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Man Claiming to Sell the Late Queen Elizabeth II’s Walking Stick is Arrested for Fraud

A walking stick is shown against a neutral background (left) and Queen Elizabeth the II is shown (right)
Source: Canva/Wikipedia

A man has just made international headlines for what could be the most prominent case of fraud this year. Southern England resident Dru Marshall has attempted to commit fraud online, claiming to have and sell Queen Elizabeth II’s walking stick in exchange for several hundred pounds.

Here’s what we know.

You’re likely wondering: Who would have fell for this internet scheme, and why? Dru Marshall had recently moved from Hampshire to Southern England prior to the scheme and opted to launch online profiles where he could sell items. The attempted fraud occurred on eBay, and it is not known if he had other profiles elsewhere.

eBay is a platform that is known for buying and selling reputably, as the site acts as an escrow service and facilitator of both the buying and selling portions of the transactions. As such, many people feel safe using eBay to buy and sell online. The site has 135 million active daily users around the globe.

Dru Marshall created a story for his post to make it more convincing, stating that he had been a senior footman for the queen at her primary residence of Windsor Castle. He used this context to further solidify his claim that the walking stick was authentic, while it has been confirmed not to be per the Associated Press.

The listing had been presented as the queen’s ‘antler walking stick,’ per the Associated Press. Many prospective buyers had believed his story, as the auction had reportedly reached a ceiling of 540 pounds prior to the listing’s cancellation.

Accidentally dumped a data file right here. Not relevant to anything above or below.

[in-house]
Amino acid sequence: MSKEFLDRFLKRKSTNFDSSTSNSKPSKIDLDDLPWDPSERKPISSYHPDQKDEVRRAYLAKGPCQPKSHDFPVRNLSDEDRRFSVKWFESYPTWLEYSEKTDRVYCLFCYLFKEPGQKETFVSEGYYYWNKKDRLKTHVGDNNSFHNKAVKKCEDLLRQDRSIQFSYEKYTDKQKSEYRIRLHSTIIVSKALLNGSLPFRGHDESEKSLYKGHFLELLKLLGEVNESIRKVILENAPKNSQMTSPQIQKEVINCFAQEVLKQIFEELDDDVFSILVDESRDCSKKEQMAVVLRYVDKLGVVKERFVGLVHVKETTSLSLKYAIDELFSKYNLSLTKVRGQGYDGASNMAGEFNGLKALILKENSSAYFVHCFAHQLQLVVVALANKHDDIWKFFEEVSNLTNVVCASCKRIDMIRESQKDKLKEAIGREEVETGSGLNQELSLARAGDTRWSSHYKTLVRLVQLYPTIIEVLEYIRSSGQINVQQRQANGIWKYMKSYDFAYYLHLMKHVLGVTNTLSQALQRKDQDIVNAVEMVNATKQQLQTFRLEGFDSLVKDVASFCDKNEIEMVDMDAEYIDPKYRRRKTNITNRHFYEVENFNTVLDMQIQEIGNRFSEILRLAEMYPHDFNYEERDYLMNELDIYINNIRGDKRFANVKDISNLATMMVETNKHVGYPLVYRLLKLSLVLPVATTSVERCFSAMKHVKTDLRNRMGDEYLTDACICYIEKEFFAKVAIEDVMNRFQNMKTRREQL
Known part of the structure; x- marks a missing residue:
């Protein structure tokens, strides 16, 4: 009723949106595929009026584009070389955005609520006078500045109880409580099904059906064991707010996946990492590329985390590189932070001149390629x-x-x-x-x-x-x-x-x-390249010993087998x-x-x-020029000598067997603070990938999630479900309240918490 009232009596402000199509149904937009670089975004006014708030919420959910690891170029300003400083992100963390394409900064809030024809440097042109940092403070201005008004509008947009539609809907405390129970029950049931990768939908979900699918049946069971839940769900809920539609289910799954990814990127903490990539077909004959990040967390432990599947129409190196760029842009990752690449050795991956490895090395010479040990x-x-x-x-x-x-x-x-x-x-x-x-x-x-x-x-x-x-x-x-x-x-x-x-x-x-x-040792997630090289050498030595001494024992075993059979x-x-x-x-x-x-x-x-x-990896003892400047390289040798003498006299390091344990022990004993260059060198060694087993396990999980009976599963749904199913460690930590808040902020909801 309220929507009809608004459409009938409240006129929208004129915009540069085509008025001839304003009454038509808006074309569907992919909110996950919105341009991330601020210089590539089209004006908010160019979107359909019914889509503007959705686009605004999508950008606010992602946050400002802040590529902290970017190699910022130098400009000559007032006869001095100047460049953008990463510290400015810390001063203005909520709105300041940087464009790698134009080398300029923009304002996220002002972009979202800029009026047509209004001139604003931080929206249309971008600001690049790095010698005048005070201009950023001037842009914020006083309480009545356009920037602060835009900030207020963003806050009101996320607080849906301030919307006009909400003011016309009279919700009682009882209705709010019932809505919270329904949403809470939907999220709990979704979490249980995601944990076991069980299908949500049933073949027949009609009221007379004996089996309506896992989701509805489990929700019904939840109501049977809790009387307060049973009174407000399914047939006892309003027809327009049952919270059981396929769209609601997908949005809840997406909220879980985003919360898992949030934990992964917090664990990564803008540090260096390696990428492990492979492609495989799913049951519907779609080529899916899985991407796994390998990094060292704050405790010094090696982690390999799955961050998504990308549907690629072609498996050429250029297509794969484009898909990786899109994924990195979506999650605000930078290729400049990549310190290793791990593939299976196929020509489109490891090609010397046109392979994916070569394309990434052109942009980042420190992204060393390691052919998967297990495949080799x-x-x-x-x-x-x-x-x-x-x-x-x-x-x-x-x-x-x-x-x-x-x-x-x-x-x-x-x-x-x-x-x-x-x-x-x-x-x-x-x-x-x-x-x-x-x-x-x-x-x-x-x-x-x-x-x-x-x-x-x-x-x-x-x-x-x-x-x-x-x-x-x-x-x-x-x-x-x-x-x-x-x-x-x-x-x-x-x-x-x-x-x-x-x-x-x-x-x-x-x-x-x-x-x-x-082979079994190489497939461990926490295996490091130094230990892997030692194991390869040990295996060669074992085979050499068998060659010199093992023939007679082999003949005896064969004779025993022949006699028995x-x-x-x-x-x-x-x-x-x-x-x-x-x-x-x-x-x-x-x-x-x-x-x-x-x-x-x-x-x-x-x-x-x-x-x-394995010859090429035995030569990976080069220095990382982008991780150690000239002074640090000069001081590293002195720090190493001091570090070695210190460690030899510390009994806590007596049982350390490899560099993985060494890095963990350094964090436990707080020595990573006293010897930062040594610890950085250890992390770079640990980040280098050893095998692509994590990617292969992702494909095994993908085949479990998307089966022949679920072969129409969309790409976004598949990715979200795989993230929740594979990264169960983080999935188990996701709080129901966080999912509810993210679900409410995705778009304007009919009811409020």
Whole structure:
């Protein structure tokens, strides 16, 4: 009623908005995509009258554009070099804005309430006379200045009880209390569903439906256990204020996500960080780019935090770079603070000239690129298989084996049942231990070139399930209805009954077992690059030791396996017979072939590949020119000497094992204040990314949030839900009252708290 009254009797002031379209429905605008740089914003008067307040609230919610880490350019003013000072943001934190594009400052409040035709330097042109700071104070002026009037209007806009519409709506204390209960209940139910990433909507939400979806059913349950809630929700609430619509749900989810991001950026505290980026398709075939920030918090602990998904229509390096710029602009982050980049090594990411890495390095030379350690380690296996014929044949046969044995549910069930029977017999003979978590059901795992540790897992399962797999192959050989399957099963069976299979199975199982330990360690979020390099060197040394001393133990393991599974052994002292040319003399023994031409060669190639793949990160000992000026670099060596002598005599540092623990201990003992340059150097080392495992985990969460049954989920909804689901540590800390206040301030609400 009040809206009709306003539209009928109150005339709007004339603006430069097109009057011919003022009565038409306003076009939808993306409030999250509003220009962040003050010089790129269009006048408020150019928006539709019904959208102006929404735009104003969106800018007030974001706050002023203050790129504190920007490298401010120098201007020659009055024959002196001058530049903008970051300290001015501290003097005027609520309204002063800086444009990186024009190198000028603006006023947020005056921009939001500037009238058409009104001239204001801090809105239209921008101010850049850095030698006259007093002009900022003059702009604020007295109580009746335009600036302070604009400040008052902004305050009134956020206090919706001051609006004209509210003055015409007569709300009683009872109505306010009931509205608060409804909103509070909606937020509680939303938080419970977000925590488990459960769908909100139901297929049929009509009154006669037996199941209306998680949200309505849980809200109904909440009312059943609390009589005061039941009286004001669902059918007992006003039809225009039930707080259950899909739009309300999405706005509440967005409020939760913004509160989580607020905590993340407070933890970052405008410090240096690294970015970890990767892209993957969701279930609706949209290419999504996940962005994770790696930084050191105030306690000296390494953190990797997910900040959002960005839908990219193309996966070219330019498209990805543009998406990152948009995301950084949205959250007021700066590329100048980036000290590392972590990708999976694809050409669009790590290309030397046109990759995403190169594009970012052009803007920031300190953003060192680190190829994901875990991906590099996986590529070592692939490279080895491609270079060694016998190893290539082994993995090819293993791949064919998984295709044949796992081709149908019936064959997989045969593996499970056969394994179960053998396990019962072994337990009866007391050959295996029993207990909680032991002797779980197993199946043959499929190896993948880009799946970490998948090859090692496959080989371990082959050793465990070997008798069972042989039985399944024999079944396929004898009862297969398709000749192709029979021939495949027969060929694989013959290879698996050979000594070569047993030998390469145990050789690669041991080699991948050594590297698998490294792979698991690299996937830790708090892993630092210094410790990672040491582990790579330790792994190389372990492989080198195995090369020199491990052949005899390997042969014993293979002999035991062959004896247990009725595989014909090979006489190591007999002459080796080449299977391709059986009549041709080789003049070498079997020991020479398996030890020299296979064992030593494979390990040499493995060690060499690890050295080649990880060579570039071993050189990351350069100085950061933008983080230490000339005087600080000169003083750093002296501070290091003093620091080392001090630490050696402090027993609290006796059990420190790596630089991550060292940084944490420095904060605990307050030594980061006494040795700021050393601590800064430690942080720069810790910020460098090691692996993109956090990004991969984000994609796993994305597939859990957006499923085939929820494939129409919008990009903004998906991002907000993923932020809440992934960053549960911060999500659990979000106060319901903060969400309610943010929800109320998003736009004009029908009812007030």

Dru had allegedly cancelled the listing once he realized that police had taken on the case, and were investigating whether or not the claims and listing were legitimate.
At the time of this publication, Dru has gone to court to be tried for fraud. The 26-year-old was found guilty of fraud vt false representation, per the Associated Press, and was questioned and charged at the Southampton Magistrates’ Court.

As a result of his charges, the Magistrates’ Court sentenced him to a 12-month community order in an attempt to address the behavior.

The Associated Press quotes Julie Macey, the senior crown prosecutor: “Dru Marshall used the death of Her Majesty Queen Elizabeth II to try and hoodwink the public with a fake charity auction. The prosecutor accused Dru of being fueled by greed and a desire for attention, per the outlet.

“Marshall’s scheme was unfortunately foiled before he could successfully con any unsuspecting victims, the crown prosecutor confirmed to the Associated Press.

The valuation placed on the auction prior to shutdown was 540 pounds or $686 USD. The auction had not yet matured, which means that Dru had the possibility of earning more as a result of the fraud, had the listing not been taken down.

Fraud charges can generally be charged under the UK Fraud Act, which can penalize criminals with a max sentence of 10 years.


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